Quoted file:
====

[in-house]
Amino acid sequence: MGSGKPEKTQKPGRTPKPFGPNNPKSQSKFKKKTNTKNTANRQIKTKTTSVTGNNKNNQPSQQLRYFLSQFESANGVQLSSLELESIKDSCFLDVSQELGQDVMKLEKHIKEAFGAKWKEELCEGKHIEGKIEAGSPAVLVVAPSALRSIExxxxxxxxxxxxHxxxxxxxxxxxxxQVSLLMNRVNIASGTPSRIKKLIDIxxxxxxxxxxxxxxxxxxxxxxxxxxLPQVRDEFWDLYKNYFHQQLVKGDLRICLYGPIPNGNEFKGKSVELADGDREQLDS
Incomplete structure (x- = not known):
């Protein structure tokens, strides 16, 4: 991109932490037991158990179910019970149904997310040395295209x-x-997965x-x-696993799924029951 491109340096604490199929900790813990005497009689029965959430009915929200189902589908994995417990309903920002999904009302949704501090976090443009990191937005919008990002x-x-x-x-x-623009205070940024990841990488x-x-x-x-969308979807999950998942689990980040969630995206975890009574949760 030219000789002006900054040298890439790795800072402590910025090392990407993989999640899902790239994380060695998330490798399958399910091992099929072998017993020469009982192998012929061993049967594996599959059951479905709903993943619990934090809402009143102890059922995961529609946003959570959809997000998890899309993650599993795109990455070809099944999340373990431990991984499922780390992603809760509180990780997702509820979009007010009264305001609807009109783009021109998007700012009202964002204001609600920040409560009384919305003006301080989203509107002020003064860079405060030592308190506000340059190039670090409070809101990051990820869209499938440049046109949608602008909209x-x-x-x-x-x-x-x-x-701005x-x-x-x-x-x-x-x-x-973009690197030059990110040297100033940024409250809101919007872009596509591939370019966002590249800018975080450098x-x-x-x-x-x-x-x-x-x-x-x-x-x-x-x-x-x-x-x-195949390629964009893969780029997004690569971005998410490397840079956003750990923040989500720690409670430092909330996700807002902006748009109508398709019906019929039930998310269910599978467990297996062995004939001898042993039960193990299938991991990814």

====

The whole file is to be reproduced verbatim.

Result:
[in-house]
Amino acid sequence: MGSGKPEKTQKPGRTPKPFGPNNPKSQSKFKKKTNTKNTANRQIKTKTTSVTGNNKNNQPSQQLRYFLSQFESANGVQLSSLELESIKDSCFLDVSQELGQDVMKLEKHIKEAFGAKWKEELCEGKHIEGKIEAGSPAVLVVAPSALRSIExxxxxxxxxxxxHxxxxxxxxxxxxxQVSLLMNRVNIASGTPSRIKKLIDIxxxxxxxxxxxxxxxxxxxxxxxxxxLPQVRDEFWDLYKNYFHQQLVKGDLRICLYGPIPNGNEFKGKSVELADGDREQLDS
Incomplete structure (x- = not known):
């Protein structure tokens, strides 16, 4: 991109932490037991158990179910019970149904997310040395295209x-x-997965x-x-696993799924029951 491109340096604490199929900790813990005497009689029965959430009915929200189902589908994995417990309903920002999904009302949704501090976090443009990191937005919008990002x-x-x-x-x-623009205070940024990841990488x-x-x-x-969308979807999950998942689990980040969630995206975890009574949760 030219000789002006900054040298890439790795800072402590910025090392990407993989999640899902790239994380060695998330490798399958399910091992099929072998017993020469009982192998012929061993049967594996599959059951479905709903993943619990934090809402009143102890059922995961529609946003959570959809997000998890899309993650599993795109990455070809099944999340373990431990991984499922780390992603809760509180990780997702509820979009007010009264305001609807009109783009021109998007700012009202964002204001609600920040409560009384919305003006301080989203509107002020003064860079405060030592308190506000340059190039670090409070809101990051990820869209499938440049046109949608602008909209x-x-x-x-x-x-x-x-x-701005x-x-x-x-x-x-x-x-x-973009690197030059990110040297100033940024409250809101919007872009596509591939370019966002590249800018975080450098x-x-x-x-x-x-x-x-x-x-x-x-x-x-x-x-x-x-x-x-195949390629964009893969780029997004690569971005998410490397840079956003750990923040989500720690409670430092909330996700807002902006748009109508398709019906019929039930998310269910599978467990297996062995004939001898042993039960193990299938991991990814």